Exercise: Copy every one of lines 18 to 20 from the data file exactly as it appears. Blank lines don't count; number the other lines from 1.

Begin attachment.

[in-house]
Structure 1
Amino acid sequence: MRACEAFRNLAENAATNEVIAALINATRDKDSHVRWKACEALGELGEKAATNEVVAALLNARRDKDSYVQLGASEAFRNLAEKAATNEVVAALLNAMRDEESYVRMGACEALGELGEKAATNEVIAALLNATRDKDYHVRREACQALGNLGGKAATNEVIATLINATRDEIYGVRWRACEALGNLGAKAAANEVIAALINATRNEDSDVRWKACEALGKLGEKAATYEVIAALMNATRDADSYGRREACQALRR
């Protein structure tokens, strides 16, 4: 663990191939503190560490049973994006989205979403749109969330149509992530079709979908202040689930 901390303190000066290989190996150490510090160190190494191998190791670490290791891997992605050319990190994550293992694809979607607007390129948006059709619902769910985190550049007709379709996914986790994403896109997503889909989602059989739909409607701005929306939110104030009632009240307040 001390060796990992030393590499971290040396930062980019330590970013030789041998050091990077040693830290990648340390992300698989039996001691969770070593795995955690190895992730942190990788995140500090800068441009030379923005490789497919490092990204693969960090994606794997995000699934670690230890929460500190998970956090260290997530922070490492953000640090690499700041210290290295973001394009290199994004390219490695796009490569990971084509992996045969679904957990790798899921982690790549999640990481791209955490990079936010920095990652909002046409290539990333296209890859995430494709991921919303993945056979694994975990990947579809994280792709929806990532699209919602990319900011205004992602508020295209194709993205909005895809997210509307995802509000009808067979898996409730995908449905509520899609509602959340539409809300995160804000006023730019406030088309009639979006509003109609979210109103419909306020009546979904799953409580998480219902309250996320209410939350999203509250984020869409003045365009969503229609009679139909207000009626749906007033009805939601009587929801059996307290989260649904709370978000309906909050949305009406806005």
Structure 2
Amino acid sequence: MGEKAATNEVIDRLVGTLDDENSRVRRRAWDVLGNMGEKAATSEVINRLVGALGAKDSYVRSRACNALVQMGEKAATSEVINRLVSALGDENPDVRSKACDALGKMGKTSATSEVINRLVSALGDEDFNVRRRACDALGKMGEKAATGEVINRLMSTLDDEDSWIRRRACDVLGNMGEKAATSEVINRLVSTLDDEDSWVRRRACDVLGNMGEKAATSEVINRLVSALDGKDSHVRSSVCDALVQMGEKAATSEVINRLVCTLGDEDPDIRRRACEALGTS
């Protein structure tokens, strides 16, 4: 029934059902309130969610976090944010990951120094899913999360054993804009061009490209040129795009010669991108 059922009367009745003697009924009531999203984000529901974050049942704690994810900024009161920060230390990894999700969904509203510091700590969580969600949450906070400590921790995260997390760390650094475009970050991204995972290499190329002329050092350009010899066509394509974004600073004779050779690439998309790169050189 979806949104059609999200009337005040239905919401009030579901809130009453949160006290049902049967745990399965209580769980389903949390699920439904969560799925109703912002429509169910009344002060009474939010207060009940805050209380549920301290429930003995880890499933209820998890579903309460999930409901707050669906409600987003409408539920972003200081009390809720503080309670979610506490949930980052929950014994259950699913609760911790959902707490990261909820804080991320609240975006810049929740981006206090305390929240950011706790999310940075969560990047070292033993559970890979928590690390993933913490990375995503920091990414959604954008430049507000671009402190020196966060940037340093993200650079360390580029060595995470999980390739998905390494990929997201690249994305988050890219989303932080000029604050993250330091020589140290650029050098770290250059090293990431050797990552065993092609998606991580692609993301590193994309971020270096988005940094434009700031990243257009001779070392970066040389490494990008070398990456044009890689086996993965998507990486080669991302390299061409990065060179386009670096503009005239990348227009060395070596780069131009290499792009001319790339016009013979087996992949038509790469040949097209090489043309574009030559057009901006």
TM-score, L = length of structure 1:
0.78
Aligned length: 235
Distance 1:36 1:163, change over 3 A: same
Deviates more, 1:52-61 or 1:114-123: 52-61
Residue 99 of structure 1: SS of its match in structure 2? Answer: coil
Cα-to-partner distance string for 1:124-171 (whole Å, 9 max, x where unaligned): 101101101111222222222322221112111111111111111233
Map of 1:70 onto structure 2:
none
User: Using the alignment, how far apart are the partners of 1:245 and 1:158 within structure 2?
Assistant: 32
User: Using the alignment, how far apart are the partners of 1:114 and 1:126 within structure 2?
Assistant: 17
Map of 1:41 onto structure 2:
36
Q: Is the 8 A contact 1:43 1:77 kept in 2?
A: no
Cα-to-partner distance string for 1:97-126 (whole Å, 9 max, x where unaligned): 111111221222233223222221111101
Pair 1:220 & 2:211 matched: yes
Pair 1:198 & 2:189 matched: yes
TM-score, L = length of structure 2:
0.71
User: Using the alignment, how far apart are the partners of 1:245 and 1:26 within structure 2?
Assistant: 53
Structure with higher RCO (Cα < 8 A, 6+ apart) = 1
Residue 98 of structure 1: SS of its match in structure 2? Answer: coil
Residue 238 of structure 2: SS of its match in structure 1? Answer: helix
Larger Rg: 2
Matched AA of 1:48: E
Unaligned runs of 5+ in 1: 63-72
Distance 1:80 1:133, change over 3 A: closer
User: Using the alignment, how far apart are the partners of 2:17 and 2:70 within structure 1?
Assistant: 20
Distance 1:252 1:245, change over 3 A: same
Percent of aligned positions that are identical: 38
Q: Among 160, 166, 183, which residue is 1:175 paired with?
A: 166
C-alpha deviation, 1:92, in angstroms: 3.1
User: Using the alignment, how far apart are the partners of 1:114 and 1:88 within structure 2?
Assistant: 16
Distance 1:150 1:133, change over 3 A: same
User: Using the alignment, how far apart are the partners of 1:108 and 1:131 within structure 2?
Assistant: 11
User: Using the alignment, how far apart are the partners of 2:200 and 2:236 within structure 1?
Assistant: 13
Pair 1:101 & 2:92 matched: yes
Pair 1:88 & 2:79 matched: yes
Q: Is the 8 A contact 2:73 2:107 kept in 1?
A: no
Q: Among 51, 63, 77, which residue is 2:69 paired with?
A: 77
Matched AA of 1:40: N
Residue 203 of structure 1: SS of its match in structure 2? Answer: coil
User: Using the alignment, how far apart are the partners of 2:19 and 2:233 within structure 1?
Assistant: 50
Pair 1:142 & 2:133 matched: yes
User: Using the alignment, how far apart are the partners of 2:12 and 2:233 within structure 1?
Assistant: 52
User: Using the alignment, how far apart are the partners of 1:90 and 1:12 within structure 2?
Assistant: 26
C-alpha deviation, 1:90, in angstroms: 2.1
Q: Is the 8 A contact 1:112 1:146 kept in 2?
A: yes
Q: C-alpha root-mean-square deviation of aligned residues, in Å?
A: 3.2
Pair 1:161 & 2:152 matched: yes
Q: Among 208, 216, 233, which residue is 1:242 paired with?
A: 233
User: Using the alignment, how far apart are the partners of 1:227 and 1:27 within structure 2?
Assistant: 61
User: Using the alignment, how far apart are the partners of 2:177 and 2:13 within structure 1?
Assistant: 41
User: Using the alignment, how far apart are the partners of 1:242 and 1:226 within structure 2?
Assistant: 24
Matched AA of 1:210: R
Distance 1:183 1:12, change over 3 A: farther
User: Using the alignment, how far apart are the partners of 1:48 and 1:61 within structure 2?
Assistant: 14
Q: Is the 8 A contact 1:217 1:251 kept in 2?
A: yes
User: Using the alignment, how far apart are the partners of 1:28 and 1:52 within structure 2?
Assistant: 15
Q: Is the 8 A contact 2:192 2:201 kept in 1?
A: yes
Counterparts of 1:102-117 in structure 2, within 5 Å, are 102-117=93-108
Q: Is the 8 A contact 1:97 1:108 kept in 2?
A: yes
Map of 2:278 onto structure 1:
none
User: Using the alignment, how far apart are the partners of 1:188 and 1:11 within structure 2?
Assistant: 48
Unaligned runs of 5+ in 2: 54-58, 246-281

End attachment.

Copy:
Assistant: 32
User: Using the alignment, how far apart are the partners of 1:114 and 1:126 within structure 2?
Assistant: 17